Kauser Jan is the winner of this year’s Blair Peach Award.
The award is named after the past president of East London NUT who was killed during an anti-racist demonstration in Southall, London on 23 April 1979. On the day of his death, Blair Peach was marching against the far-right National Front.
The award is granted to individual members or groups of members who have made significant and exemplary contributions to LGBT+, race, gender, and/or disability equality in their school or division.
Kauser Jan has been involved in a variety of campaigns, but, as her nomination states, “the main focus of her activism is centred on the cause of equality and diversity.”
Most recently Kauser organised a Challenging Racism in Schools conference in Leeds. She intends for this to become an annual event.
Massive congratulations to Kauser Jan, winner of the Blair Peach award for anti racism work. Inspirational & rightly angry at systematically encouraged islamophobia in our society #NEU19 pic.twitter.com/6Ju8sbAIiC— SeftonNEU (@SeftonNUT) April 15, 2019
Kevin Courtney, Joint General Secretary of the National Education Union, said:
“It gives me great pleasure to see Kauser win this year’s Blair Peach Award. Her passion and determination to promote racial equality and celebrate diversity in education is an inspiration to us all.”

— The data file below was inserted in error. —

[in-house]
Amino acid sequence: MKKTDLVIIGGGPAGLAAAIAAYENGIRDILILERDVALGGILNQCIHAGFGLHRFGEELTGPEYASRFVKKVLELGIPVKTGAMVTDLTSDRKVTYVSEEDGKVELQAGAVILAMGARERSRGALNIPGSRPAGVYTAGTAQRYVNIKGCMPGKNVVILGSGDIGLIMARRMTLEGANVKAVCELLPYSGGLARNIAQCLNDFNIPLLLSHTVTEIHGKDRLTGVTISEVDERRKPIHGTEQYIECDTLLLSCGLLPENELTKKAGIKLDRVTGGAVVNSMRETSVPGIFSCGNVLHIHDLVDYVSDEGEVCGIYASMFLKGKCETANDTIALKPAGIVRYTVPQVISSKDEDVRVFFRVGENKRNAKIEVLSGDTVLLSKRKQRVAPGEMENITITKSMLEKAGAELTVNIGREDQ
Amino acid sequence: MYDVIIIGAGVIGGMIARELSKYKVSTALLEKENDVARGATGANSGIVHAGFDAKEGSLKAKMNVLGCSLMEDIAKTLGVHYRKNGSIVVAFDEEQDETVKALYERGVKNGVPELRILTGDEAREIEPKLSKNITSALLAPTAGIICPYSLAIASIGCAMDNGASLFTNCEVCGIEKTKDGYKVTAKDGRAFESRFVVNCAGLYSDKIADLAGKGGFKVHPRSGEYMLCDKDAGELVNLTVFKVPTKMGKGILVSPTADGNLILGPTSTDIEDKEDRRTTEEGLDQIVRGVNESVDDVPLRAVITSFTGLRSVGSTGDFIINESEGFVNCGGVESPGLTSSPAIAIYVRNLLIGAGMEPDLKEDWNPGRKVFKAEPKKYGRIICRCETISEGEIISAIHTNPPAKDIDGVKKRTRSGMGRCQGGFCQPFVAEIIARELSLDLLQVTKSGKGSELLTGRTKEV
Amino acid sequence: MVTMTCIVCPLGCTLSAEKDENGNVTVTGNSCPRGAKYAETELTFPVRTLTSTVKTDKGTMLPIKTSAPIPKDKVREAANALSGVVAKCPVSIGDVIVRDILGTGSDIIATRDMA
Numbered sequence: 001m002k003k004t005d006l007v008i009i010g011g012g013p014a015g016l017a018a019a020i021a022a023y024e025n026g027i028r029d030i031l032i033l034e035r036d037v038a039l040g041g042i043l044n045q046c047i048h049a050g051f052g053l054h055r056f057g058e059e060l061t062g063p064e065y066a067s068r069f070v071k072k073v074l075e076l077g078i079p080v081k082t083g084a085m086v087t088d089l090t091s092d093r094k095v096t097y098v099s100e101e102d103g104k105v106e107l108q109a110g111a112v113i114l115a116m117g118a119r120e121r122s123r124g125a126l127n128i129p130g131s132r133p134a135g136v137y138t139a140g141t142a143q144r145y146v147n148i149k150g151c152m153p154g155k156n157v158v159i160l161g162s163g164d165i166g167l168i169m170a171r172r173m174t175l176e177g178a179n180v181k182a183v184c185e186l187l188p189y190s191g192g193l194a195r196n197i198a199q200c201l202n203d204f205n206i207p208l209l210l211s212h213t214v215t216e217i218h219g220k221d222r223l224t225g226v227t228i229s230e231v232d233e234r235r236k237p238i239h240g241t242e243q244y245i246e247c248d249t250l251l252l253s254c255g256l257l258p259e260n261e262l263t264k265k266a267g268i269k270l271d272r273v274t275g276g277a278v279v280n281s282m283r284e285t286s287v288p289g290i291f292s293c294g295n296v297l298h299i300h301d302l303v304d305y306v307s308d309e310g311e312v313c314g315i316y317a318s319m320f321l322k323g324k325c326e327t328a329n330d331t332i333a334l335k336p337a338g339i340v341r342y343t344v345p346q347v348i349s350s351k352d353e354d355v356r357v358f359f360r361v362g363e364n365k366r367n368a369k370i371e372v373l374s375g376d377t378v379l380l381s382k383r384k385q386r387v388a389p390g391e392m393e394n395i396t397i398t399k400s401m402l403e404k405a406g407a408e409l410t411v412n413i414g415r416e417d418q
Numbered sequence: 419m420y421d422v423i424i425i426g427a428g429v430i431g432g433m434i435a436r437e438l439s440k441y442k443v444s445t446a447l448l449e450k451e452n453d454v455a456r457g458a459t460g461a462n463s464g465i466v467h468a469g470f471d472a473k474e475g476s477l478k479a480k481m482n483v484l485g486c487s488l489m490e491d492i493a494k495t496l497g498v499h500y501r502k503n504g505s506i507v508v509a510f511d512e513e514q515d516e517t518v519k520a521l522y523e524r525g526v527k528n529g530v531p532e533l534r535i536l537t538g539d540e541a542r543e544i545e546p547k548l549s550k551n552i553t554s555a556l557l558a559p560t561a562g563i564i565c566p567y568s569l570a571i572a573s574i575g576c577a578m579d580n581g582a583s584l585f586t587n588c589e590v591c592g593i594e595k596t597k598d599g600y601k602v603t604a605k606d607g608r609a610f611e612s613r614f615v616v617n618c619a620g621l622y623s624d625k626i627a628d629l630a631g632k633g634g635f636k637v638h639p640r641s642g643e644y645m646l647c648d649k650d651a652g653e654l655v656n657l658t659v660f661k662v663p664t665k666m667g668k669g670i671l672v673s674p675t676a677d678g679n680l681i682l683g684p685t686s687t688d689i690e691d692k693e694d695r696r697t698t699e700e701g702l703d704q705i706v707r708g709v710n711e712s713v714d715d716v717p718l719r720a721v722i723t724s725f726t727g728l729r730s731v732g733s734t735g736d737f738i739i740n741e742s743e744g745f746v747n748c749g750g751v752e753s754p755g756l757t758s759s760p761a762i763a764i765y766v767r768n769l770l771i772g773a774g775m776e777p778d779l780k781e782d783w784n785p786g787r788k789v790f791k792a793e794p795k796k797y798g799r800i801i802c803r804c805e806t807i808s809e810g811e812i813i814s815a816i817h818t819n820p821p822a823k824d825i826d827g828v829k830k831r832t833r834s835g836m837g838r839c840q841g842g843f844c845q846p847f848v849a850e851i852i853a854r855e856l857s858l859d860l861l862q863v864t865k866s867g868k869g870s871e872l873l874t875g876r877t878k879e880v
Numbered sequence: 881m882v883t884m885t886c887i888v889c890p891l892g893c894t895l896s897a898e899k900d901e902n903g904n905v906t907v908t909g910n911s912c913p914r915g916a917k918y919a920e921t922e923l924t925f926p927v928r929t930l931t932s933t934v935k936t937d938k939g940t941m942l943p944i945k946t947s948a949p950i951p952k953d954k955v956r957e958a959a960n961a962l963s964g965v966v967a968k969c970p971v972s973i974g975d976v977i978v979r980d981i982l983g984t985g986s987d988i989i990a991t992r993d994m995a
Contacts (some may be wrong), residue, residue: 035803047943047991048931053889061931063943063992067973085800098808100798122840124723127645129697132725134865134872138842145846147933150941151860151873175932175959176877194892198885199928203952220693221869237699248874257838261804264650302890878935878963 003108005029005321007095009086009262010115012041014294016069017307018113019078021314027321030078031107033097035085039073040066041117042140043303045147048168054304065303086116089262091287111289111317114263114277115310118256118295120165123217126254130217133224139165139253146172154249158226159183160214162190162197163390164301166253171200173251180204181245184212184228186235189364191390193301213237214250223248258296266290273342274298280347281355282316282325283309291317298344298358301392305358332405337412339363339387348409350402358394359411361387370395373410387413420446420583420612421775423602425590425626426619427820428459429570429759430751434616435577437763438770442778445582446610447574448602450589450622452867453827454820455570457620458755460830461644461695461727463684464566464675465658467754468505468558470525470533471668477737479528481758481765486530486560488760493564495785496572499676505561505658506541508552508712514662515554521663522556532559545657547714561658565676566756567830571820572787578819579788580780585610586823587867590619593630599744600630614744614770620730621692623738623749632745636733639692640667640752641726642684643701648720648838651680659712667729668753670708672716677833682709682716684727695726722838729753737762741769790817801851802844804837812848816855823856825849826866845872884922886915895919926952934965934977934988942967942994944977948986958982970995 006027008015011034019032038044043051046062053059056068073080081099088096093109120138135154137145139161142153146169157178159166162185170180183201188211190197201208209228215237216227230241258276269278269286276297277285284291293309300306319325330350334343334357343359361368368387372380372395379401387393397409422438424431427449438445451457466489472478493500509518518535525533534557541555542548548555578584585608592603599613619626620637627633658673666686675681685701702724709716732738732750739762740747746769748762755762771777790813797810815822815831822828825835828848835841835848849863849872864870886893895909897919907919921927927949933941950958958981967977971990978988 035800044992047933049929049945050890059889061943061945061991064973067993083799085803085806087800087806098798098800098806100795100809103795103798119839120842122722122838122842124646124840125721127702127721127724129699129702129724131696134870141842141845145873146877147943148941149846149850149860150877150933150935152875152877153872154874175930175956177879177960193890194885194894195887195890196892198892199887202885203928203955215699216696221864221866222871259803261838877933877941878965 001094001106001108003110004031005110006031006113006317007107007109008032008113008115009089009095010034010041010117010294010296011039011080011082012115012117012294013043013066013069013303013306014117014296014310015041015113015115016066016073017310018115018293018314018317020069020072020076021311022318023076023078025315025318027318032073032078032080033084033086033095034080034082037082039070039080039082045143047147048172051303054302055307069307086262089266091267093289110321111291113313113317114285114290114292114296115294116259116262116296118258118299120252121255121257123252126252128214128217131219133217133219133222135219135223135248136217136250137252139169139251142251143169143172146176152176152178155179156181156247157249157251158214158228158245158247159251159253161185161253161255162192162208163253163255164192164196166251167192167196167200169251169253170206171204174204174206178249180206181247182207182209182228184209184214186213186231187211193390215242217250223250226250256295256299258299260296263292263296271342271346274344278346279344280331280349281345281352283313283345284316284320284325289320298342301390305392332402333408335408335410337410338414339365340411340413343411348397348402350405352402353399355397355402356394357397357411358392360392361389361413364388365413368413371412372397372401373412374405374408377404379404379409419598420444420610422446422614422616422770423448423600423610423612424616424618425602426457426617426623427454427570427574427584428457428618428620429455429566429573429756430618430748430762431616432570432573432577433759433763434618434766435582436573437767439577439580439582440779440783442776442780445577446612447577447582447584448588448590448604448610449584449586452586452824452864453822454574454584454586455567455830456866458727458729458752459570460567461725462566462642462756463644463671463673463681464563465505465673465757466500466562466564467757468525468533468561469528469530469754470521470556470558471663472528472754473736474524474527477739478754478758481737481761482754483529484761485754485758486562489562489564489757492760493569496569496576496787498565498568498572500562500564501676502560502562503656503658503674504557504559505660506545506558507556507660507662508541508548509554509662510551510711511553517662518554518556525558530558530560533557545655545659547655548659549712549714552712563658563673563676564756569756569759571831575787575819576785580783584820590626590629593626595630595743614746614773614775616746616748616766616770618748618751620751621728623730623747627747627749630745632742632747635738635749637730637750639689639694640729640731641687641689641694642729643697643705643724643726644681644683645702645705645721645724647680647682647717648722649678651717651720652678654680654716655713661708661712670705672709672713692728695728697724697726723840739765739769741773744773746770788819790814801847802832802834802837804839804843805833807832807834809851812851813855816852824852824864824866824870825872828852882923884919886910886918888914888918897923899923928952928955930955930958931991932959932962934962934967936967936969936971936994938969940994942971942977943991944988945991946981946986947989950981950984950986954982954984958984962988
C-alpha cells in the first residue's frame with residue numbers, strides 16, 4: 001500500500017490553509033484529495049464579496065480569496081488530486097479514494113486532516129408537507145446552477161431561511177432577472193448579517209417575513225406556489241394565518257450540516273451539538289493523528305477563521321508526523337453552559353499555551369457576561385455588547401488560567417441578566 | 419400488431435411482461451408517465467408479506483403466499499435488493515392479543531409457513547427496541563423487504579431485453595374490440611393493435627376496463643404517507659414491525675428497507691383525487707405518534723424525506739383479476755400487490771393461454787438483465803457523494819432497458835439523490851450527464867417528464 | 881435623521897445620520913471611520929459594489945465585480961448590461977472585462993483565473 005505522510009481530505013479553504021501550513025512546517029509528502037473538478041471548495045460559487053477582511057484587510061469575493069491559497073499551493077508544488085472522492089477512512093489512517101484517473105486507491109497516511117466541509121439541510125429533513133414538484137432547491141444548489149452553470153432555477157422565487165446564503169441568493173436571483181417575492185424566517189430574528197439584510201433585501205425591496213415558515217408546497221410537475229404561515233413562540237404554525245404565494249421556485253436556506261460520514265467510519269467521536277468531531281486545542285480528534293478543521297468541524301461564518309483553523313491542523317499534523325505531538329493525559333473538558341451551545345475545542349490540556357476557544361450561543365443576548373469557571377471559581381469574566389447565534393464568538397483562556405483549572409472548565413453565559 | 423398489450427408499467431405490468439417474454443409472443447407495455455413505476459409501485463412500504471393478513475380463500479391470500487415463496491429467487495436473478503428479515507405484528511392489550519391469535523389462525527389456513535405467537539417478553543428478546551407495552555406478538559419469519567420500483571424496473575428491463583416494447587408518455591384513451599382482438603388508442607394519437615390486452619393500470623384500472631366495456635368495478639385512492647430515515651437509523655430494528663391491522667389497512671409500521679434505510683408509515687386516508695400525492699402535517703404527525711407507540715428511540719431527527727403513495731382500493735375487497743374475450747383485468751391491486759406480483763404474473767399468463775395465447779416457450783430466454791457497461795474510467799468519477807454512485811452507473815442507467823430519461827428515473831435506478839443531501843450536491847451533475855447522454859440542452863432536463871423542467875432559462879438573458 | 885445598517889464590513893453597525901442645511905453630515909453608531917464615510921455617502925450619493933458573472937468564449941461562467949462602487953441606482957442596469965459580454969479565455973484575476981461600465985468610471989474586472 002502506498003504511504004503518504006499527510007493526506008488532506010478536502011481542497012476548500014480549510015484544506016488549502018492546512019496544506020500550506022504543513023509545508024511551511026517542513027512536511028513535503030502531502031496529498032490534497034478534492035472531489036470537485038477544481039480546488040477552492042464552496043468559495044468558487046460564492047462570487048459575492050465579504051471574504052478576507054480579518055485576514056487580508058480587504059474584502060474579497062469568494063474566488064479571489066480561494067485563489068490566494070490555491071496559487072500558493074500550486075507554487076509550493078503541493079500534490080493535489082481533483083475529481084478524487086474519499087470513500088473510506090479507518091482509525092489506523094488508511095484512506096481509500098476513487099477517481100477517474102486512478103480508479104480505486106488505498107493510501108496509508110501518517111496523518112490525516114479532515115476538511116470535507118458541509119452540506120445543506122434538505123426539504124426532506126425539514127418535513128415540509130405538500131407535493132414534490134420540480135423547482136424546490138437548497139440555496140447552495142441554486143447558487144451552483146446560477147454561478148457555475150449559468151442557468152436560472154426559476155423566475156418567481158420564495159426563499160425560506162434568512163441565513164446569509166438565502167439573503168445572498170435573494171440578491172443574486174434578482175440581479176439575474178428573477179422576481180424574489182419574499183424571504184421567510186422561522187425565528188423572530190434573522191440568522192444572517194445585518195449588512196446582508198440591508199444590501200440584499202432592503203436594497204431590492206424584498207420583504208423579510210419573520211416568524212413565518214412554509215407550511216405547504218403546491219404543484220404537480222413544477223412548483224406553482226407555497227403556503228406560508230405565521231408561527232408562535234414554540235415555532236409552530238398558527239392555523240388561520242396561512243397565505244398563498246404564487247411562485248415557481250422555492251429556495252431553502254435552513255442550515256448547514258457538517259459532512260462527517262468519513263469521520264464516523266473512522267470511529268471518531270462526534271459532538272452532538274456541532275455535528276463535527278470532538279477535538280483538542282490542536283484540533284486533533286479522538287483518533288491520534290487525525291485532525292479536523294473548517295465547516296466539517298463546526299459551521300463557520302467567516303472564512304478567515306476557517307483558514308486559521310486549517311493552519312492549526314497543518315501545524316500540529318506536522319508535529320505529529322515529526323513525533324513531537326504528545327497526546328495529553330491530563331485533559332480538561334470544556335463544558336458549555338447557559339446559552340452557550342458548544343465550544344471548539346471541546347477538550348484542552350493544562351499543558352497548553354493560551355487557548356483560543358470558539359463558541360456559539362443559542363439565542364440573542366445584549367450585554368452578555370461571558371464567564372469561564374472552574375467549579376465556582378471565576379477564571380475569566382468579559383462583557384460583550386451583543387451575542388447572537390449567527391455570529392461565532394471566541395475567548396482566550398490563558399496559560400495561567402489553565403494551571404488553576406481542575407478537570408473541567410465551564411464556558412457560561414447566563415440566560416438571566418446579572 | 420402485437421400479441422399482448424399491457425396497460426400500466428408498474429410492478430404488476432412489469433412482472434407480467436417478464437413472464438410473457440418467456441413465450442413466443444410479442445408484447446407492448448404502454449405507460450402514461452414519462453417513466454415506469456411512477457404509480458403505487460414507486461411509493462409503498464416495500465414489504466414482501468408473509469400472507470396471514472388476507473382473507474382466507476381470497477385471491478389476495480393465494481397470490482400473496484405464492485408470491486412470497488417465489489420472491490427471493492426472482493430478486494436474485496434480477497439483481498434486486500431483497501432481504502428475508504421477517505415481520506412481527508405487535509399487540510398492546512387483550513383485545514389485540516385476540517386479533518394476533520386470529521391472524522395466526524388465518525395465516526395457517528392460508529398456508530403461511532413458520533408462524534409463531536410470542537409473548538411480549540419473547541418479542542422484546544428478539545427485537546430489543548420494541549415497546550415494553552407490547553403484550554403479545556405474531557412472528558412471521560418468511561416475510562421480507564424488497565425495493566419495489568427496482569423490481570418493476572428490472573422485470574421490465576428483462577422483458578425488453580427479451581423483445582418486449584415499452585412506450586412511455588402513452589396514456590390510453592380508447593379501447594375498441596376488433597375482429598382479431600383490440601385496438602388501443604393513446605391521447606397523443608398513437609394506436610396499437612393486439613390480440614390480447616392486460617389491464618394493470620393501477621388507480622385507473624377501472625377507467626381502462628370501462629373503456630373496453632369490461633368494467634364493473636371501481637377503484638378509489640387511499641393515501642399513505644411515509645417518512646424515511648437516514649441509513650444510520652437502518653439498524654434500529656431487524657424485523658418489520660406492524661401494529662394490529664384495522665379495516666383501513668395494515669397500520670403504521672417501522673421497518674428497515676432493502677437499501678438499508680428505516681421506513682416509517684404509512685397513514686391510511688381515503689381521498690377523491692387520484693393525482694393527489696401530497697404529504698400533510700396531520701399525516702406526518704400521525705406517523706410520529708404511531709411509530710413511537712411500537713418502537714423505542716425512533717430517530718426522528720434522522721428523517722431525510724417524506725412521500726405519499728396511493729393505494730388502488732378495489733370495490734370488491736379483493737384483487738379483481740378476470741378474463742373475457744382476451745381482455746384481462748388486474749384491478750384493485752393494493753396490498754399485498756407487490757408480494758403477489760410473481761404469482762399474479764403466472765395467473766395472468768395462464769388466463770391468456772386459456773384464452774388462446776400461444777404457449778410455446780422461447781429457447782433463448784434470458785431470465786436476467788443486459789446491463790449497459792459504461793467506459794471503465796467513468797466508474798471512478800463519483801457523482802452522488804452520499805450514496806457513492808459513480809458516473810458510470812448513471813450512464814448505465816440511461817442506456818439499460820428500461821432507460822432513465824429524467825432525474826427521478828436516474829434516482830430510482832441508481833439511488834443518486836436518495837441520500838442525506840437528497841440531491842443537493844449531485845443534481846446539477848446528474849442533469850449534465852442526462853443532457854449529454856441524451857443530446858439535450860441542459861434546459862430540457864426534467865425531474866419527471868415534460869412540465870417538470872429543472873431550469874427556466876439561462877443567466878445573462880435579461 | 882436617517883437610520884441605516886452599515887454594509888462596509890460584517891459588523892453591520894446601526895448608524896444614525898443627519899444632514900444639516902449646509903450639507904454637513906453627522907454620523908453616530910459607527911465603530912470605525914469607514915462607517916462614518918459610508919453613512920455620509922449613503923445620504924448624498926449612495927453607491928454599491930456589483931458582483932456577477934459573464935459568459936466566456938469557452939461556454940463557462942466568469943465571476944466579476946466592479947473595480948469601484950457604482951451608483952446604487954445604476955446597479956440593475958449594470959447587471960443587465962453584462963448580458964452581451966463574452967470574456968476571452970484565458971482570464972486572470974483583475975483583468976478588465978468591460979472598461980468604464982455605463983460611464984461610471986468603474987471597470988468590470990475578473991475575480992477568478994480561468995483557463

“Racism is a pernicious thread that runs through society both at home and abroad. The rise of racist hate crime including anti-Semitism and Islamophobia should be a real concern to everyone. It is simply unacceptable that in 2019 people still face discrimination in the workplace, school and in their communities, on grounds of religion or ethnicity.
“Schools are well placed to reinforce the importance of a tolerant and inclusive society and the NEU is committed to tackling racism. We are currently producing an Anti-Racist Charter to be published later in the year. It will give clear guidance to schools about the steps they should be taking to ensure that no one, whether school staff or students, suffers racial discrimination. That said, schools cannot control what happens outside of the school gates and Government needs radical economic and social policies to reduce the stark inequality which we know exists in society.”